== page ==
It's All About the Brown M&Ms


It's All About the Brown M&Ms~Guest Blogger Randall Williams, CFII/MEI

If you grew up in the time of Van Halen, you heard the urban legend about the band breaking out in a fit if they got to the dressing room and found the big bowl of M&Ms they required had any brown ones in it.

Apparently, the deal is that the stage requirements on that tour were really complicated. If the band got to the dressing room and found brown M&Ms, they could assume that a bunch of other potentially show impacting details had been overlooked as well.

Thankfully to date I’ve never landed gear up, but I’ve certainly landed and forgotten to bring my props forward. I guess the brown M&Ms are symbolic of our attention and commitment to details - and by default, safety.

A fellow pilot came to pick me up one day in my airplane. I observed him fly left traffic instead of the requested right traffic and during landing he forgot to put the flaps down which caused him to go around on the short strip.

After landing, we debriefed his flight. I pointed out that while mistakes happen to even the most experienced pilots, it was his lack of attention to detail in not checking the chart summary (Airport/Facility Directory) and his relaxed usage of checklists in flight that resulted in those issues. The errors were of course COMPLETELY preventable!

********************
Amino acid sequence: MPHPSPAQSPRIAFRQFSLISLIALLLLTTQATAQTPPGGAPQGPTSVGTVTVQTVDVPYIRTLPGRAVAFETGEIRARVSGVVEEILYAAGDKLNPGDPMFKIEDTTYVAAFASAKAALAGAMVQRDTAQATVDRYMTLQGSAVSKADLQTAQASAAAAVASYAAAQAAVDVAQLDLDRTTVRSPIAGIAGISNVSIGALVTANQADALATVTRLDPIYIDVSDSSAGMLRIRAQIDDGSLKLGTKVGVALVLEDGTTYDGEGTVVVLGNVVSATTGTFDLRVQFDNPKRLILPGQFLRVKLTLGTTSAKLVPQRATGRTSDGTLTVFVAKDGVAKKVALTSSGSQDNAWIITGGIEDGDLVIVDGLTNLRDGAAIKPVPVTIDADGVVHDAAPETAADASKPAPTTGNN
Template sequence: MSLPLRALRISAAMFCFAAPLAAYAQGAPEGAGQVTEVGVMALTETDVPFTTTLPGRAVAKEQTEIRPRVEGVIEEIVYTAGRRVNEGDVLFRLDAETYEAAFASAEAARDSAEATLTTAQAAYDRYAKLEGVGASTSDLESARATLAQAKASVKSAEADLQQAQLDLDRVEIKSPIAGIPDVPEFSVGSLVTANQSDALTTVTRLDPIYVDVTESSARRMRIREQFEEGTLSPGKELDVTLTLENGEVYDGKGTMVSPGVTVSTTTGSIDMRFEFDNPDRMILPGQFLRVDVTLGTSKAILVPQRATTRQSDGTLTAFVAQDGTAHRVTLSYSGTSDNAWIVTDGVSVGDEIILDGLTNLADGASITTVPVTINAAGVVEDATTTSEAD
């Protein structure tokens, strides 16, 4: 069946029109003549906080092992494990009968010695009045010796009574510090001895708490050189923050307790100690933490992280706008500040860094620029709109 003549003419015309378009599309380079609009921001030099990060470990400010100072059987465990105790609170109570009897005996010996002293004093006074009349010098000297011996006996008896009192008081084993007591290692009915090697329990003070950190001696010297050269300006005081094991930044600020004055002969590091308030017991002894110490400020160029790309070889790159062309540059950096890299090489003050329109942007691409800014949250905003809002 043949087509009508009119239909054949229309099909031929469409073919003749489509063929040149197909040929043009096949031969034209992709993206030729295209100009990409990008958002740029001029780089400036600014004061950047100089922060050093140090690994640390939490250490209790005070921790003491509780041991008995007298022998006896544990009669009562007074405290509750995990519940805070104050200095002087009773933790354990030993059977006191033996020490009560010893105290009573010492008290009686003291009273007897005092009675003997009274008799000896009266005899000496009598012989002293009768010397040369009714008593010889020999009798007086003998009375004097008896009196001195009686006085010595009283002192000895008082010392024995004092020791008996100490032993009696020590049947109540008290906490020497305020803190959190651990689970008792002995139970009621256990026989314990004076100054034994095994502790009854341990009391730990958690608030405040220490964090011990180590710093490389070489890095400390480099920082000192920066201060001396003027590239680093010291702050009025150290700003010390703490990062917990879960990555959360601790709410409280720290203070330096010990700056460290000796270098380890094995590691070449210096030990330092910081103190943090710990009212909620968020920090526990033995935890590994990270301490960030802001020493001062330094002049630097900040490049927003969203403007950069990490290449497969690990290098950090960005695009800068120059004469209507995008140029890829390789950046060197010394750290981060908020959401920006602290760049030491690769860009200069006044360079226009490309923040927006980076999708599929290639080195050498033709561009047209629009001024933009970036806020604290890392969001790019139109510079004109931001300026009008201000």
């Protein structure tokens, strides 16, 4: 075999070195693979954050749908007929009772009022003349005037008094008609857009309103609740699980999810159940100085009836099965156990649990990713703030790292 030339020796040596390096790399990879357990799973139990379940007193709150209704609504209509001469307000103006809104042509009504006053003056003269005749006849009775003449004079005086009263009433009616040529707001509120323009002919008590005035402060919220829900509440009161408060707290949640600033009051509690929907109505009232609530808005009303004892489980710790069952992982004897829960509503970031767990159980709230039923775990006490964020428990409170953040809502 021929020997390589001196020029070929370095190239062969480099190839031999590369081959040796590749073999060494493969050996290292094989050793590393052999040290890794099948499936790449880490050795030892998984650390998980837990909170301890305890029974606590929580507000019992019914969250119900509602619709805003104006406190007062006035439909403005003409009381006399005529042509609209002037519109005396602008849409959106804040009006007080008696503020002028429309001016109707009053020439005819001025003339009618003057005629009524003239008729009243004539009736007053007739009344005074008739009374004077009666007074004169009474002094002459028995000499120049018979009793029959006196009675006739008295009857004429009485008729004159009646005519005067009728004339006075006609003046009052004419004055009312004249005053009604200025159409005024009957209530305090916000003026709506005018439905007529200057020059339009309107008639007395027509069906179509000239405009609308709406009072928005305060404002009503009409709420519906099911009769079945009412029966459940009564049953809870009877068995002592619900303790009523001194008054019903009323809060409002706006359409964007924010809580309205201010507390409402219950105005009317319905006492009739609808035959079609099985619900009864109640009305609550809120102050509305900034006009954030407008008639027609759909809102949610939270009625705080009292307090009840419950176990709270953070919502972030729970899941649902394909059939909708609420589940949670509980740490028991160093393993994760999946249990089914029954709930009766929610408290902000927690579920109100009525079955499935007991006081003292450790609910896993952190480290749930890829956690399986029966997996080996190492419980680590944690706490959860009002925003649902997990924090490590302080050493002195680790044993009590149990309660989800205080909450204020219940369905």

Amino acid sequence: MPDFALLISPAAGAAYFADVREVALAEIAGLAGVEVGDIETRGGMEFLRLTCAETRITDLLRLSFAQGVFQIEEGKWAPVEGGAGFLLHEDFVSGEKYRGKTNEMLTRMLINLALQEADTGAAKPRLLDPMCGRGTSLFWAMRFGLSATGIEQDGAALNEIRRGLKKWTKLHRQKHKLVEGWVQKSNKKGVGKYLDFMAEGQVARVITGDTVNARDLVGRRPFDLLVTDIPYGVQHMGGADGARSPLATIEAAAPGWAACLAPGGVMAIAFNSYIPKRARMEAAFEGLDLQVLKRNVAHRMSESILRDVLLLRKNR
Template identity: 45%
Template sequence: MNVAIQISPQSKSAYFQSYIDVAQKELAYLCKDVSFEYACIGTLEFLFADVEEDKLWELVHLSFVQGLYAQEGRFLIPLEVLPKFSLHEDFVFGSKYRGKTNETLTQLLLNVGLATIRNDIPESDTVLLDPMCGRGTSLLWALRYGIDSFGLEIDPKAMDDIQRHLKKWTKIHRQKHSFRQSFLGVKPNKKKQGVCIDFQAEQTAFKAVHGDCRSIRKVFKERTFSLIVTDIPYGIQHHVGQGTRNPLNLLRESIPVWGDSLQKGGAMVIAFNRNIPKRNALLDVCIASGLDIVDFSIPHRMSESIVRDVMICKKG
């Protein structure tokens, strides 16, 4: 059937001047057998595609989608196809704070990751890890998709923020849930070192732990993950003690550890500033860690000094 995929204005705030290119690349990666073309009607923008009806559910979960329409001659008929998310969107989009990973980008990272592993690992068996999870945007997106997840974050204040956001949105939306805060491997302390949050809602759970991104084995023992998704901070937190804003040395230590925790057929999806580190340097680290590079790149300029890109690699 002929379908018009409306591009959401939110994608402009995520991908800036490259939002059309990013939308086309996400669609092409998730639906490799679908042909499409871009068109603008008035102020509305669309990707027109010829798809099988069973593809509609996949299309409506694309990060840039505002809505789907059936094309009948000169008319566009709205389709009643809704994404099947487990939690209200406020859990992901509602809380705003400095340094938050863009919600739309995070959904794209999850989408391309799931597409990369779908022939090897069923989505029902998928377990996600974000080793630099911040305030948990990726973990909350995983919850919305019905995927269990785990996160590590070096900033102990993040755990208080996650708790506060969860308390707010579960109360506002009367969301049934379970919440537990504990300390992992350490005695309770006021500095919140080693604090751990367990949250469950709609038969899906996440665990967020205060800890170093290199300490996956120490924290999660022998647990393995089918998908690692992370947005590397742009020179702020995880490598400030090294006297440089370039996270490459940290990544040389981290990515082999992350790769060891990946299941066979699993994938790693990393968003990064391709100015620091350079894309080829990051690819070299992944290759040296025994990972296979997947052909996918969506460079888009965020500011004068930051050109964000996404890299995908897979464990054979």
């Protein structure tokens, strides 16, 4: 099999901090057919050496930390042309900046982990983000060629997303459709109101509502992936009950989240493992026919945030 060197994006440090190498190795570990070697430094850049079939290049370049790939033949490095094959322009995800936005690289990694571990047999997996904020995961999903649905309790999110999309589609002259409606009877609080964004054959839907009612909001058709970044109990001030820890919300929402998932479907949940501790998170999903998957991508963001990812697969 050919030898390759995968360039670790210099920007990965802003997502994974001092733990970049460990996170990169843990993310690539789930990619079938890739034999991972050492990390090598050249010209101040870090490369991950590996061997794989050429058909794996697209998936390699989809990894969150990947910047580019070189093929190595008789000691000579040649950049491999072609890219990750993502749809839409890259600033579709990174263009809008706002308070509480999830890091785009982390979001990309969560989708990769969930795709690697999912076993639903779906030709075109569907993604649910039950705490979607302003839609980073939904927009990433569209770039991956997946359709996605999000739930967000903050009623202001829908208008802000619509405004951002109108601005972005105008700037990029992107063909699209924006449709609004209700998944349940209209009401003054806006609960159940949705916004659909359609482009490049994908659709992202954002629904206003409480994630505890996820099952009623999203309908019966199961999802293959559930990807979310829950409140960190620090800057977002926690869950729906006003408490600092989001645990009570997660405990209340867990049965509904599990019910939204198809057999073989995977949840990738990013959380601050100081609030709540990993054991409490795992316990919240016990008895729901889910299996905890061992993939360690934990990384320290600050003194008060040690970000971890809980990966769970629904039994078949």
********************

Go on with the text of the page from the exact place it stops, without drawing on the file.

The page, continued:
Unfortunately, my friend didn’t take this lesson to heart. The next time he came to pick me up in a retractable gear airplane, it involved a call to the NTSB that nobody wants to make.

If we can catch the little things early, maybe it puts us in a better position to catch the bigger ones before they happen. Safety requires vigilance. As instructors, recognizing complacency in ourselves and in our students should always be a top priority.


Randall Williams NOTAMSRandall Williams, CFII/MEI
NAFI# 222907







Blogs are intended for educational purposes only and do not replace independent, professional judgment. Statements of fact and opinions expressed are those of the author individually and, unless expressly stated to the contrary, are not the opinions or position of the National Association of Flight Instructors. NAFI does not endorse or approve, and assumes no responsibility for, the content, accuracy or completeness of the information presented. Readers should note content may appear in various media, including print, email, enews without further notice.
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